If you have an asthma attack or a heart attack, you probably have a gut bacteria problem.
You can’t treat it with antibiotics or steroids.
But a team of researchers at MIT and Harvard have found a way to create plants that could help fight the disease.
Their work is the latest example of scientists using biology to tackle the microbial problem.
“We know that the gut microbiome is incredibly important to our health,” said lead researcher Dr. Matthew E. Brown.
“It’s a lot of fun to be in the lab and watch what happens in your gut as you’re eating, drinking, breathing, and interacting with your body.”
In order to find ways to do this in a way that is safe and that is good for us, we need to get a better understanding of how that microbial community actually interacts with our cells.
“Brown and his colleagues have identified a type of bacteria called Clostridium difficile that can cause the gut inflammation that leads to asthma.
In a lab setting, this bacteria was able to kill off the beneficial bacteria in a plant called S. aureus.
It could then produce a toxin that could kill off other beneficial bacteria.
“We thought that, as the plant grows, the bacteria will go in and try to get out.””
That compound is an active ingredient in several different types of plants,” Brown said.
“We thought that, as the plant grows, the bacteria will go in and try to get out.”
The research team grew a plant that mimicked the natural gut flora.
They added Nuciferin to that plant to create a plant defense compound.
They then fed the plant to a mouse that had an asthma outbreak.
In the mouse that was given NucIFERin, the mice were less likely to develop asthma.
The plant defense material also caused the mice to have fewer allergies to certain compounds in their food, as well as less inflammation.
“The plant was really good at preventing the development of asthma,” Brown explained.
“In the wild, it’s quite difficult for the gut bacteria to recognize and attack specific plants.
But we found that when you add Nucifierin to the plant, you can really make it recognize that it has a very specific role in the gut.”
To make this work, the researchers took advantage of the fact that bacteria living in the guts of animals also produce compounds that can damage plants.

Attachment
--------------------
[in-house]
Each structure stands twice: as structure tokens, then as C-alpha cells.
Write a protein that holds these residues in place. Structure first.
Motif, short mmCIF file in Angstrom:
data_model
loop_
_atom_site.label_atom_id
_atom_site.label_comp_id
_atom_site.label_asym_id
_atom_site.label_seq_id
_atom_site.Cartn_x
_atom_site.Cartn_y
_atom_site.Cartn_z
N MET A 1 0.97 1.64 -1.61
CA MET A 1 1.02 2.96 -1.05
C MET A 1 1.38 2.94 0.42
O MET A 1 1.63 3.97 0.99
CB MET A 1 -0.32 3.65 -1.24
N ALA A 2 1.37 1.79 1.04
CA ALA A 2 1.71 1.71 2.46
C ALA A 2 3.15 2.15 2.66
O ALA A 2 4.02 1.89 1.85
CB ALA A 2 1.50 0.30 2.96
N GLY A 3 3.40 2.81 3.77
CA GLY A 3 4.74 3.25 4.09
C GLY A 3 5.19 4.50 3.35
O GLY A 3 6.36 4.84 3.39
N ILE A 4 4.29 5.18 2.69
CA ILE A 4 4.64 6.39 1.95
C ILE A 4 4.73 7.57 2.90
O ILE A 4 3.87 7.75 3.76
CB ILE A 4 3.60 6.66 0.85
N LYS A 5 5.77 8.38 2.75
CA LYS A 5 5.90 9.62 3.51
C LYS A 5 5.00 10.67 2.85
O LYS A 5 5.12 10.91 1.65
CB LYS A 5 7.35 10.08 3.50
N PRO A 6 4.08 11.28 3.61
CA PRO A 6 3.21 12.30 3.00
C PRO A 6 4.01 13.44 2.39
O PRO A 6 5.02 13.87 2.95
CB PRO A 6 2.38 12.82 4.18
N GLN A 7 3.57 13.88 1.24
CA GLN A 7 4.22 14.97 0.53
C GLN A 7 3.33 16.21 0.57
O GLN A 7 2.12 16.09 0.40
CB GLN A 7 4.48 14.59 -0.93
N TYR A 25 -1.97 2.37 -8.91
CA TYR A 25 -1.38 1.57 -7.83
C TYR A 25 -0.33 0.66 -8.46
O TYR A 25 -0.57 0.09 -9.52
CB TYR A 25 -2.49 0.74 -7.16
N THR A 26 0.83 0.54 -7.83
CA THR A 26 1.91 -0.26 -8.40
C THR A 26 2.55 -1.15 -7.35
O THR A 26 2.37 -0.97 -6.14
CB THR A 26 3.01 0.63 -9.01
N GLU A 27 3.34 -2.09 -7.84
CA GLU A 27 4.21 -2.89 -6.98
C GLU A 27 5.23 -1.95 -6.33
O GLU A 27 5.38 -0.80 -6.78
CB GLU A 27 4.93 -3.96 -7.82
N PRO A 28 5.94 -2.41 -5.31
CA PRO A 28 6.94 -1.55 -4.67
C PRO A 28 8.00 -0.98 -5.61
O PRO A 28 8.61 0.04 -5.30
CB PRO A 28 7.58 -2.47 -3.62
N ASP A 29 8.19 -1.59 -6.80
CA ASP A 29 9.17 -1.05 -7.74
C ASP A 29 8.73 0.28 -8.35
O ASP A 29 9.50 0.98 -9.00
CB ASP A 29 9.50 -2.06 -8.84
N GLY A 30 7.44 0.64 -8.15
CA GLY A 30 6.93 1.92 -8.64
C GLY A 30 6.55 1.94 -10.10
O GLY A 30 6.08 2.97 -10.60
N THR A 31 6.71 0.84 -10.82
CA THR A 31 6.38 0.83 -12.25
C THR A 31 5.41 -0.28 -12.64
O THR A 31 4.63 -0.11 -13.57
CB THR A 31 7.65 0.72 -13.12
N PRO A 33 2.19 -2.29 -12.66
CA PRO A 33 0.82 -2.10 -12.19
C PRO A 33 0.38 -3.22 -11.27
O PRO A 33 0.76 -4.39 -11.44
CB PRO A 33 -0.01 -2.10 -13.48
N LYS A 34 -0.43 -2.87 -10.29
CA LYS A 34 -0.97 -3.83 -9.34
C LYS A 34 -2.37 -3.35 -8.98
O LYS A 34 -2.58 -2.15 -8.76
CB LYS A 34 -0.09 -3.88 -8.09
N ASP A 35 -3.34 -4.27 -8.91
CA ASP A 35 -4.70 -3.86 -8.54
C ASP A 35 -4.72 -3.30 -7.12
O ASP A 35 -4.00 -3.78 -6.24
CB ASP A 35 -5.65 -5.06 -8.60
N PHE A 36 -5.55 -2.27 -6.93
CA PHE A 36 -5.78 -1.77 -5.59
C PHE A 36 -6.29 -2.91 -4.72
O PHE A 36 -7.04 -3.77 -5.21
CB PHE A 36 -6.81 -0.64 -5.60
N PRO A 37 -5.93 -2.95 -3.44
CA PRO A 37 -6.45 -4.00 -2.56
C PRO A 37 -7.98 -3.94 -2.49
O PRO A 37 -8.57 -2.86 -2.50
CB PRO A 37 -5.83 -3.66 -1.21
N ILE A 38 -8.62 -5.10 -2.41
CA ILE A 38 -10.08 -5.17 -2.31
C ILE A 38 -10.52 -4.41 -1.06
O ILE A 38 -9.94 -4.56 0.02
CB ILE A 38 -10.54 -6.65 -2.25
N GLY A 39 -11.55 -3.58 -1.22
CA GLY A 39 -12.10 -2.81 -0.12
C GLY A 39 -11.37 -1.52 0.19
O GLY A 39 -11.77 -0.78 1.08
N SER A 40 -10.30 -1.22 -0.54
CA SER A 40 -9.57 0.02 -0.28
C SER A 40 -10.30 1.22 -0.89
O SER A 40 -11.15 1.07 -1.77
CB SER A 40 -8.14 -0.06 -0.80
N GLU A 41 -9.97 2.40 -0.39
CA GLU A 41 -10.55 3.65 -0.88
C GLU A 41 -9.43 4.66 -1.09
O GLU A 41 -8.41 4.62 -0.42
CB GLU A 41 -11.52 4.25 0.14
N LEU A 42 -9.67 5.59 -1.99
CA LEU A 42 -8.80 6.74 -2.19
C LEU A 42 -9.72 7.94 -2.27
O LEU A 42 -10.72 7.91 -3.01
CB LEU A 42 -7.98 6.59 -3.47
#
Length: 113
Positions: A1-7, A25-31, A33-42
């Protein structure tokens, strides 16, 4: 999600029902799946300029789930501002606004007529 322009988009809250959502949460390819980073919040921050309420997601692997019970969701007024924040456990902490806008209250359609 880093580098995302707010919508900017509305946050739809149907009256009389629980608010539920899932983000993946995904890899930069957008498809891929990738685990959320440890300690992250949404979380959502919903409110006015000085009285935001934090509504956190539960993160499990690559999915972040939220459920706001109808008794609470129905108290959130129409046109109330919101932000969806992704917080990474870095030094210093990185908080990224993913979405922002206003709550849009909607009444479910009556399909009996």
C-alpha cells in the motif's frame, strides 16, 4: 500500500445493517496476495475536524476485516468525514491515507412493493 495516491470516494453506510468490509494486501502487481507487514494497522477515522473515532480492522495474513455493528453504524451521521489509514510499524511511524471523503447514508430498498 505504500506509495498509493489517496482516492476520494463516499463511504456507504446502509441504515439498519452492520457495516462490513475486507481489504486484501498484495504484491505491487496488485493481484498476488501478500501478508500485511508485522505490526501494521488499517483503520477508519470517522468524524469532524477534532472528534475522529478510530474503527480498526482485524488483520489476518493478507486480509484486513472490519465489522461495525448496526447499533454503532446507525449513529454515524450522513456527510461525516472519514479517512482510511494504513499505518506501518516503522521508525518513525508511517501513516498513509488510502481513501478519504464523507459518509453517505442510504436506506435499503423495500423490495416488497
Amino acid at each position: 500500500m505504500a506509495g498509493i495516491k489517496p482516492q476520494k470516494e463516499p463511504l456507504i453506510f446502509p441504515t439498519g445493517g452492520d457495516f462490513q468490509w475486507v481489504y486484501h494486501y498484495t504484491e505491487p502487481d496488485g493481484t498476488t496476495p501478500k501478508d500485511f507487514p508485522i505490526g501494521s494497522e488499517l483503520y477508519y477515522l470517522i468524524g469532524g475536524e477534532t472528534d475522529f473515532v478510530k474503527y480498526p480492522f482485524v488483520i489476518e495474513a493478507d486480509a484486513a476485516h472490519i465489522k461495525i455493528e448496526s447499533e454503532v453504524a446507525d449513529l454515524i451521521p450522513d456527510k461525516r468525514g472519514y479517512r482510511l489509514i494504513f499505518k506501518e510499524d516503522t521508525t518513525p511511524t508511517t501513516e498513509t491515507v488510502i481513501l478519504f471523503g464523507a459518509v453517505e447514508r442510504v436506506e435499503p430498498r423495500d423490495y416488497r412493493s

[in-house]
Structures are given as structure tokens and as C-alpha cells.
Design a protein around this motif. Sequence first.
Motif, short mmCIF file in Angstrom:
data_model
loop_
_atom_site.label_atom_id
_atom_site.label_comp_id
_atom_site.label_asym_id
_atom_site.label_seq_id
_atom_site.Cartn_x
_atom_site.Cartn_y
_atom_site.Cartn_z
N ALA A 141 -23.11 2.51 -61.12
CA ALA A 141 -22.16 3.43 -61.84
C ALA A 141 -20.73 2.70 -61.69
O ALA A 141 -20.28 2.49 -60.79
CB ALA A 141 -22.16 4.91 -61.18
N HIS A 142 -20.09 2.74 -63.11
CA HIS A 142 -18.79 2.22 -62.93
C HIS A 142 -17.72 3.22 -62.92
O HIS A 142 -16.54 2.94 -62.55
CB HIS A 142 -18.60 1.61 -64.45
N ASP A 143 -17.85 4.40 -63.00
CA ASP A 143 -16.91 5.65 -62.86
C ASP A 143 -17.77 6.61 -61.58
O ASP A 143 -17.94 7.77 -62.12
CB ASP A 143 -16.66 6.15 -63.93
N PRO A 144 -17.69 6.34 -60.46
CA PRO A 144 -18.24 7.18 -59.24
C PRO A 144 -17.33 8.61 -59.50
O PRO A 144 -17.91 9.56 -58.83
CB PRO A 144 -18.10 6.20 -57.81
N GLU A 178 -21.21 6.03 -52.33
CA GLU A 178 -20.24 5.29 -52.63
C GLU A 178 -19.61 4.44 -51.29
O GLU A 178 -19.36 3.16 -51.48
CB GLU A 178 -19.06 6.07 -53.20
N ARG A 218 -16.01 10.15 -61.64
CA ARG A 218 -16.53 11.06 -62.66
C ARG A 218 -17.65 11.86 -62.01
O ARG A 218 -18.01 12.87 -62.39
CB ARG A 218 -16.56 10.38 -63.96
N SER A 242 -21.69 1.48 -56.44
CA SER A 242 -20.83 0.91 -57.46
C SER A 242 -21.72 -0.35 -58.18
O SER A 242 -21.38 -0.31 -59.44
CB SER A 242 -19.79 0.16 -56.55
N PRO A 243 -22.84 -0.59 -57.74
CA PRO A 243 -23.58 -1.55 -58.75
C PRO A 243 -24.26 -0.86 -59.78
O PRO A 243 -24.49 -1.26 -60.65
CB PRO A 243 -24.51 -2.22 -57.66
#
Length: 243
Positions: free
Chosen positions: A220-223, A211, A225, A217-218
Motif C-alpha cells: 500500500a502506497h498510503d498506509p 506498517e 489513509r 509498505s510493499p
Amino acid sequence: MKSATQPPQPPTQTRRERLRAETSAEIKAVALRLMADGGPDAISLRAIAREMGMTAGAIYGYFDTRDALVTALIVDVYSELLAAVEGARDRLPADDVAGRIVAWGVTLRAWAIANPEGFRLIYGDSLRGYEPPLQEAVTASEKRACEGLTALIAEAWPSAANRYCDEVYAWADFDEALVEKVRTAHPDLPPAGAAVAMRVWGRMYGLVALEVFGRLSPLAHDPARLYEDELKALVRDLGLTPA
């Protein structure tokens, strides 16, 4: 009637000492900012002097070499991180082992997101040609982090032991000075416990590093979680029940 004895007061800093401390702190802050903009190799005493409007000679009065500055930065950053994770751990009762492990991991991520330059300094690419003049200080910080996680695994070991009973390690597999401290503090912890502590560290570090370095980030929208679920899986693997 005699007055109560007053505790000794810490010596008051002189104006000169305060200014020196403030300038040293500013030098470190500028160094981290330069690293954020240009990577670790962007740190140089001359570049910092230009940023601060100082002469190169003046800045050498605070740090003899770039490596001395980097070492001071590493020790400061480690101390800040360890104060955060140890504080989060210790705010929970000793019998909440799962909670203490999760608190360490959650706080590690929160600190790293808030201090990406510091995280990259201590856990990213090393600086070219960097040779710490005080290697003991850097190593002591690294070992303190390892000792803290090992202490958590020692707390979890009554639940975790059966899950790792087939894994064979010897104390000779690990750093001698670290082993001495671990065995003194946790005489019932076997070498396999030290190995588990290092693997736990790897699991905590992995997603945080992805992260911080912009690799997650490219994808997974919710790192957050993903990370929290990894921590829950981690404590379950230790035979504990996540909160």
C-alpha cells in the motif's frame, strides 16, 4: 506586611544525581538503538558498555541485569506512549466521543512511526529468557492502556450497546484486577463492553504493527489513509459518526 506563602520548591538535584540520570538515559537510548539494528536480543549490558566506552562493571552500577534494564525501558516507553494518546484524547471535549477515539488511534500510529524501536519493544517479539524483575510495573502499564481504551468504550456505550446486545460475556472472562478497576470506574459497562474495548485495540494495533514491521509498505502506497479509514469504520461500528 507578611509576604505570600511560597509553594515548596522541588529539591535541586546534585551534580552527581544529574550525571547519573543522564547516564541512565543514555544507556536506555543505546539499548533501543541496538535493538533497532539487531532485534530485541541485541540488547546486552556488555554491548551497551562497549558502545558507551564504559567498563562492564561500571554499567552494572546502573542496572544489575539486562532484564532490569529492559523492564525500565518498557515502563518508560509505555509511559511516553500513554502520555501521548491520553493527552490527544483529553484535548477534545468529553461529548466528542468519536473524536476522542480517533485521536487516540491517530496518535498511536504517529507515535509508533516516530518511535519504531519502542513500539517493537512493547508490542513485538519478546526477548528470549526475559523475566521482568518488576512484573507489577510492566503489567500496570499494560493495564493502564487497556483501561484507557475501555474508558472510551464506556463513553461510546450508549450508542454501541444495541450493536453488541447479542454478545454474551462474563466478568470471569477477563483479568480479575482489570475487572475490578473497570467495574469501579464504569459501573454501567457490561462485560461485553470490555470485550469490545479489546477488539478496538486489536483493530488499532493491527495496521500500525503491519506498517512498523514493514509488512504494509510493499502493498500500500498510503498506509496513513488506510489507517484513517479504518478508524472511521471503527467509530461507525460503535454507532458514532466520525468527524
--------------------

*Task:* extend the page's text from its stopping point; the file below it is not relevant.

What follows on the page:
This plant defense materials are able to cross the blood-brain barrier, allowing them to reach the brain where they are toxic to plants.
“When you add this toxin, it gets in the blood and it reaches the brain,” Brown noted.
“The brain gets hit hard, and that affects the brain chemistry.
The brain chemistry of the brain is really, really critical to learning.””
When a plant has an allergy to something, the plant doesn’t get to react with the plant,” he added.
“And then the plant can’t learn to react.
That’s a really powerful example of how the brain has to be activated to learn.”
Nucifierins are already being used to treat allergies and asthma, and Brown said the team has found that they can work as a treatment for the disease as well.
“So it’s a natural antibiotic, it has anti-inflammatory properties, it helps with asthma, it can be used as a tool for prevention,” he said.
Brown said the next step is to work on other types of plant defenses.
He and his fellow researchers are working to create another compound that will kill off Clostres.
“One of the exciting things about the plant defense is that it is very versatile,” he noted.
“It can work in many different situations.
One thing we’re really interested in is the ability to use it to combat many different types or types of infections,” Brown continued.
“A lot of what we’re looking at is how we can use the plant-derived compounds to help us in the field.”
“We really want to make sure that the plant defenses that we’re using are actually good for the environment,” Brown added.
“There are some important questions that we want to answer.
One is whether this toxin is good or bad for the plants that it’s targeting.
If it is bad, how much of it is in the plant?
The other question is, does it harm the plant or not?
So we’re hoping that we can get some answers from that.”